Our pets rely on their paws to transport them everywhere they need to go and in all types of weather, and it is easy to assume that their paws can withstand whatever Mother Nature throws at them. Unfortunately, cracked pads, frostbite, chemical burns, and more present numerous hazards to the well-being of our pet’s paws, especially, this time of year. With this in mind, the team at Lone Tree Veterinary Medical Center would like to walk you through the basics of winter paw protection for your furry loved one!
Paw pads are some of the cutest parts of any pet, but they also serve many important functions. Pads provide cushioning and shock absorption by protecting the ligaments, tendons, and bones from the impact of walking and running. They also provide insulation from hot and cold surfaces, as well as traction when a pet traverses across varying types of terrain. As if that’s not enough, paw pads also protect our pets against bacteria, parasites, and other nasty contaminants present on any surface or terrain they come in contact with.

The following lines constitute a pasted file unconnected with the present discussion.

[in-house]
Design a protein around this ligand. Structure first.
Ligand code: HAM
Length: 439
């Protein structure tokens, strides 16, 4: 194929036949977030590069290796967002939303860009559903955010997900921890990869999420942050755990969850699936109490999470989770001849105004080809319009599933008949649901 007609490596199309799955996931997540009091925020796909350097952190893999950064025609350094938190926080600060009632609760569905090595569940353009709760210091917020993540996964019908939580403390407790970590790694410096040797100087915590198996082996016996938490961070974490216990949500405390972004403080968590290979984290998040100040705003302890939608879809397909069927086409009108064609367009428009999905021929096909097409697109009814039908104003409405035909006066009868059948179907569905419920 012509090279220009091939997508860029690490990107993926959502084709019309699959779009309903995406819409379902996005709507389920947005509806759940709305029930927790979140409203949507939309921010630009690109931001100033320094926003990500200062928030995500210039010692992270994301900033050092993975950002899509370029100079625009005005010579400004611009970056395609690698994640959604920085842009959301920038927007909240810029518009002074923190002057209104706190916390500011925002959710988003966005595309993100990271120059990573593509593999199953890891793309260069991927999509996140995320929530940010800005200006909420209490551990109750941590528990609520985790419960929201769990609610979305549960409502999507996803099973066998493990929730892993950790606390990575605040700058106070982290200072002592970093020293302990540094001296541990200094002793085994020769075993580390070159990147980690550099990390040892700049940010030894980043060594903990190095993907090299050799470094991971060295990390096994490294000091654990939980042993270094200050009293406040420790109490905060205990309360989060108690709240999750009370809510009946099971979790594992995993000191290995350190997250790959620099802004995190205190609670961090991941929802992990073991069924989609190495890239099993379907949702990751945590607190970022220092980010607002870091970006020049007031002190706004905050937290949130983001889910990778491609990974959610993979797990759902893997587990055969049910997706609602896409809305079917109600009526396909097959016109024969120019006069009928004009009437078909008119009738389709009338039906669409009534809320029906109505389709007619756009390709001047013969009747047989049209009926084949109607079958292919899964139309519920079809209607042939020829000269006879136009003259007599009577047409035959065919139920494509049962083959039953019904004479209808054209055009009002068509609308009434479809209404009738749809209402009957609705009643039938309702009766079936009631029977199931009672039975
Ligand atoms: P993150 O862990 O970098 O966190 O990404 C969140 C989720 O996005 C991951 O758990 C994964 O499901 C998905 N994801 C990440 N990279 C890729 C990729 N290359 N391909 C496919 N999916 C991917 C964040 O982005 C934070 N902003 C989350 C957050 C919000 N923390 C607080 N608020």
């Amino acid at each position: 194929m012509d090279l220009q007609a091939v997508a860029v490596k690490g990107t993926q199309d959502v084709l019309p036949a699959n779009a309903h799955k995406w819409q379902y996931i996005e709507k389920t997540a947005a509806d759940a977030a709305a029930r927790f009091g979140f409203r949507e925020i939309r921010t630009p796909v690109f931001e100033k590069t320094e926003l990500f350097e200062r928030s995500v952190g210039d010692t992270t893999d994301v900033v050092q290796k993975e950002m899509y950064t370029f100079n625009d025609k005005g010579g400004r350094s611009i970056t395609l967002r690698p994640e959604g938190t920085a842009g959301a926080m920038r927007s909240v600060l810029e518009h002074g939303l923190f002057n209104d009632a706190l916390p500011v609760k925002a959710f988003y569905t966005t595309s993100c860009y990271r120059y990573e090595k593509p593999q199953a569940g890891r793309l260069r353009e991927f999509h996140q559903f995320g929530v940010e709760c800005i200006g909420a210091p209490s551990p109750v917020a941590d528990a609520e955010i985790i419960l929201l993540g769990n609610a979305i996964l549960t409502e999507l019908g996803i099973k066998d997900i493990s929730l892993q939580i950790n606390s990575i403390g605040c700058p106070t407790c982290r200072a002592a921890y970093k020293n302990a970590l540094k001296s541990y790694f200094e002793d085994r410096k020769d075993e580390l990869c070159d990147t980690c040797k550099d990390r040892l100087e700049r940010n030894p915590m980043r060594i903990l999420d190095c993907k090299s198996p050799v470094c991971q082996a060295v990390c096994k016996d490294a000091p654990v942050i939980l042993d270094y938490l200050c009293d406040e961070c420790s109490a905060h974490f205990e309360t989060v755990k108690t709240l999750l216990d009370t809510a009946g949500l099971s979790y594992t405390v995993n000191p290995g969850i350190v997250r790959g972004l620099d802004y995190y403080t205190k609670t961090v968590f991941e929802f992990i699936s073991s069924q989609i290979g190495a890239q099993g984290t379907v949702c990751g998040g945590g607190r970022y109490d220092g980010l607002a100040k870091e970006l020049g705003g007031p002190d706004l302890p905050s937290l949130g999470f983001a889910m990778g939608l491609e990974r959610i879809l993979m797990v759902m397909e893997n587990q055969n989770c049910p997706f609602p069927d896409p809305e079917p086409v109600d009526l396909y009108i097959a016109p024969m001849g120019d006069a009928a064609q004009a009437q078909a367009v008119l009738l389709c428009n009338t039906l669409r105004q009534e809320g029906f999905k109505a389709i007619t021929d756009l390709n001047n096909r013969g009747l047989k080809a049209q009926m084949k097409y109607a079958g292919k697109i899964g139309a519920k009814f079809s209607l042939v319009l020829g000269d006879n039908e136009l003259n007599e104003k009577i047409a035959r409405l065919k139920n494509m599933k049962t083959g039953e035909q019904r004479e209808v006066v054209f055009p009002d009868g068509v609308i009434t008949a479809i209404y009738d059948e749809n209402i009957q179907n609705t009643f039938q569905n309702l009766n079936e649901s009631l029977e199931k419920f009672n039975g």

Over time or as a pet matures, the surface of the pads will become more tolerant to heat, cold, and rough surfaces. That doesn’t mean, however, that they don’t need some additional protection and care during the winter months, especially, when exposed to extreme cold, ice, and chemical de-icers.Continue…
Have you been hearing the telltale click of Fido’s nails on your kitchen floor lately? Has Whiskers taken to shredding the corner of the leather sofa again? If so, it may be time to trim your pet’s nails.
For many pets and their owners, pet nail trimming can be a task that invokes fear and dread. Your friends at Lone Tree Veterinary Medical Center understand your apprehension and want to help you get started on this important health and wellness task.
Hairballs are an unfortunate part of life for most cat owners. That low, hacking sound you can hear from anywhere in the house is the telltale sign that kitty is about to deposit hairballs in the least convenient place possible.
While it’s easy to assume that coughing or vomiting in cats is caused by a hairball, this isn’t always the case. Frequent coughing or vomiting in cats is not normal, and may indicate an underlying health problem.
Hairballs are the result of undigested hair left over from our cats’ fastidious grooming habits. Hairballs (also known by their scientific name “trichobezoars”) are not actually ball shaped; rather they are cylindrical, taking the shape of the cat’s esophagus as they are regurgitated. No cat is immune to hairballs, but longhaired varieties are certainly more prone. Continue…